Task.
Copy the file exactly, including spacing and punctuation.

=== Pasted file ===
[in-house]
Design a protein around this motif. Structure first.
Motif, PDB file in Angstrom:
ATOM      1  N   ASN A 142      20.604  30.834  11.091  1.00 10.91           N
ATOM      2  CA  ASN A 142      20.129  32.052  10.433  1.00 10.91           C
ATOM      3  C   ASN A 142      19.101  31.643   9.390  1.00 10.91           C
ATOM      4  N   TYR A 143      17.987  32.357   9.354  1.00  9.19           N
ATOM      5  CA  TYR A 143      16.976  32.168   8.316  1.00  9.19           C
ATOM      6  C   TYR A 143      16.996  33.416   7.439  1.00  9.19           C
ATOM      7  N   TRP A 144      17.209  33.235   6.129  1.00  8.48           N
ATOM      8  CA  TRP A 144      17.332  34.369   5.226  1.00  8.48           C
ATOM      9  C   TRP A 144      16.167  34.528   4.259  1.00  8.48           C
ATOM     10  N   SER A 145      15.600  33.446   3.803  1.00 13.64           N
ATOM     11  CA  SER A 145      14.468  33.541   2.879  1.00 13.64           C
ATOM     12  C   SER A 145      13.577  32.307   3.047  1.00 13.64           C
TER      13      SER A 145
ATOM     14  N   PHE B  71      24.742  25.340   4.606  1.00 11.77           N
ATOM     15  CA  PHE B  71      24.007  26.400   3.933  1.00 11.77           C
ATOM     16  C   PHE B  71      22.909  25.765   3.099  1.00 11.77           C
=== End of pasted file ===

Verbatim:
[in-house]
Design a protein around this motif. Structure first.
Motif, PDB file in Angstrom:
ATOM      1  N   ASN A 142      20.604  30.834  11.091  1.00 10.91           N
ATOM      2  CA  ASN A 142      20.129  32.052  10.433  1.00 10.91           C
ATOM      3  C   ASN A 142      19.101  31.643   9.390  1.00 10.91           C
ATOM      4  N   TYR A 143      17.987  32.357   9.354  1.00  9.19           N
ATOM      5  CA  TYR A 143      16.976  32.168   8.316  1.00  9.19           C
ATOM      6  C   TYR A 143      16.996  33.416   7.439  1.00  9.19           C
ATOM      7  N   TRP A 144      17.209  33.235   6.129  1.00  8.48           N
ATOM      8  CA  TRP A 144      17.332  34.369   5.226  1.00  8.48           C
ATOM      9  C   TRP A 144      16.167  34.528   4.259  1.00  8.48           C
ATOM     10  N   SER A 145      15.600  33.446   3.803  1.00 13.64           N
ATOM     11  CA  SER A 145      14.468  33.541   2.879  1.00 13.64           C
ATOM     12  C   SER A 145      13.577  32.307   3.047  1.00 13.64           C
TER      13      SER A 145
ATOM     14  N   PHE B  71      24.742  25.340   4.606  1.00 11.77           N
ATOM     15  CA  PHE B  71      24.007  26.400   3.933  1.00 11.77           C
ATOM     16  C   PHE B  71      22.909  25.765   3.099  1.00 11.77           C